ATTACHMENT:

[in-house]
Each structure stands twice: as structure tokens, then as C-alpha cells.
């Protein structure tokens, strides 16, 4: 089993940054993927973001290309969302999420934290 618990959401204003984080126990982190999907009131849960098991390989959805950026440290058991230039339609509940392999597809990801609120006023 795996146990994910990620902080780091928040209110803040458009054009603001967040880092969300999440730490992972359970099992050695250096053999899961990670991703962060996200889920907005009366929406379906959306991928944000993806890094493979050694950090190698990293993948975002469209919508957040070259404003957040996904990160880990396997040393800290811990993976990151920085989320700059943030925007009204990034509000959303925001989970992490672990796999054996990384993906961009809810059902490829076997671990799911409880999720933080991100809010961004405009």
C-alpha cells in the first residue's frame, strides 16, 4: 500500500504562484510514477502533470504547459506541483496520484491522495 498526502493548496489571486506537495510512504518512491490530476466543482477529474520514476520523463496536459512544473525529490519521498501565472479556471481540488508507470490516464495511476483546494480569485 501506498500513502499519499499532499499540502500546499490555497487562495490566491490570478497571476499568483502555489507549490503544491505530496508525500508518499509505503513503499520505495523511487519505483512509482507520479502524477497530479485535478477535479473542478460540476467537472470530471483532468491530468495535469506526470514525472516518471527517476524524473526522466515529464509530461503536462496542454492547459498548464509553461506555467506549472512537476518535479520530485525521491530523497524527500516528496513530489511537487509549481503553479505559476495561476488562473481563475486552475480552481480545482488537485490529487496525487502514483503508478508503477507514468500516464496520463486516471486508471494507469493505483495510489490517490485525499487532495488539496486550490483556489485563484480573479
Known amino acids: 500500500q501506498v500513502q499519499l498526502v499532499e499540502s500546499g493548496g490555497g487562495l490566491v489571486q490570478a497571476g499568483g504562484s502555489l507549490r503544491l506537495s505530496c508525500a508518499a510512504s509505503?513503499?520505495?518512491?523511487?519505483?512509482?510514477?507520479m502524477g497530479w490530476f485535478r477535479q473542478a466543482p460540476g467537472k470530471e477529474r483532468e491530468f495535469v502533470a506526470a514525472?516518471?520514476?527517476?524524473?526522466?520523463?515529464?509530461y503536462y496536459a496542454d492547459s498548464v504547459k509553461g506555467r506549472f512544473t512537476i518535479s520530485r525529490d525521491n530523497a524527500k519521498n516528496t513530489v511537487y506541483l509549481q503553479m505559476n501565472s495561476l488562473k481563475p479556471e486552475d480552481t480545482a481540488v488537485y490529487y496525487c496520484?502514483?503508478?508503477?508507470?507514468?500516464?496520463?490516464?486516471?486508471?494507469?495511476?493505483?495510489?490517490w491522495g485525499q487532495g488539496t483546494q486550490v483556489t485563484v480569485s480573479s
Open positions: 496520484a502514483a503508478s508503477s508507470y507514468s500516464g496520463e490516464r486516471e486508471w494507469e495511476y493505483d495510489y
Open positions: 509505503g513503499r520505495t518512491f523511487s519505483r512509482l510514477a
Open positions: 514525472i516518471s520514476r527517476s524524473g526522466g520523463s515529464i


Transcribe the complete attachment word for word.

[in-house]
Each structure stands twice: as structure tokens, then as C-alpha cells.
């Protein structure tokens, strides 16, 4: 089993940054993927973001290309969302999420934290 618990959401204003984080126990982190999907009131849960098991390989959805950026440290058991230039339609509940392999597809990801609120006023 795996146990994910990620902080780091928040209110803040458009054009603001967040880092969300999440730490992972359970099992050695250096053999899961990670991703962060996200889920907005009366929406379906959306991928944000993806890094493979050694950090190698990293993948975002469209919508957040070259404003957040996904990160880990396997040393800290811990993976990151920085989320700059943030925007009204990034509000959303925001989970992490672990796999054996990384993906961009809810059902490829076997671990799911409880999720933080991100809010961004405009």
C-alpha cells in the first residue's frame, strides 16, 4: 500500500504562484510514477502533470504547459506541483496520484491522495 498526502493548496489571486506537495510512504518512491490530476466543482477529474520514476520523463496536459512544473525529490519521498501565472479556471481540488508507470490516464495511476483546494480569485 501506498500513502499519499499532499499540502500546499490555497487562495490566491490570478497571476499568483502555489507549490503544491505530496508525500508518499509505503513503499520505495523511487519505483512509482507520479502524477497530479485535478477535479473542478460540476467537472470530471483532468491530468495535469506526470514525472516518471527517476524524473526522466515529464509530461503536462496542454492547459498548464509553461506555467506549472512537476518535479520530485525521491530523497524527500516528496513530489511537487509549481503553479505559476495561476488562473481563475486552475480552481480545482488537485490529487496525487502514483503508478508503477507514468500516464496520463486516471486508471494507469493505483495510489490517490485525499487532495488539496486550490483556489485563484480573479
Known amino acids: 500500500q501506498v500513502q499519499l498526502v499532499e499540502s500546499g493548496g490555497g487562495l490566491v489571486q490570478a497571476g499568483g504562484s502555489l507549490r503544491l506537495s505530496c508525500a508518499a510512504s509505503?513503499?520505495?518512491?523511487?519505483?512509482?510514477?507520479m502524477g497530479w490530476f485535478r477535479q473542478a466543482p460540476g467537472k470530471e477529474r483532468e491530468f495535469v502533470a506526470a514525472?516518471?520514476?527517476?524524473?526522466?520523463?515529464?509530461y503536462y496536459a496542454d492547459s498548464v504547459k509553461g506555467r506549472f512544473t512537476i518535479s520530485r525529490d525521491n530523497a524527500k519521498n516528496t513530489v511537487y506541483l509549481q503553479m505559476n501565472s495561476l488562473k481563475p479556471e486552475d480552481t480545482a481540488v488537485y490529487y496525487c496520484?502514483?503508478?508503477?508507470?507514468?500516464?496520463?490516464?486516471?486508471?494507469?495511476?493505483?495510489?490517490w491522495g485525499q487532495g488539496t483546494q486550490v483556489t485563484v480569485s480573479s
Open positions: 496520484a502514483a503508478s508503477s508507470y507514468s500516464g496520463e490516464r486516471e486508471w494507469e495511476y493505483d495510489y
Open positions: 509505503g513503499r520505495t518512491f523511487s519505483r512509482l510514477a
Open positions: 514525472i516518471s520514476r527517476s524524473g526522466g520523463s515529464i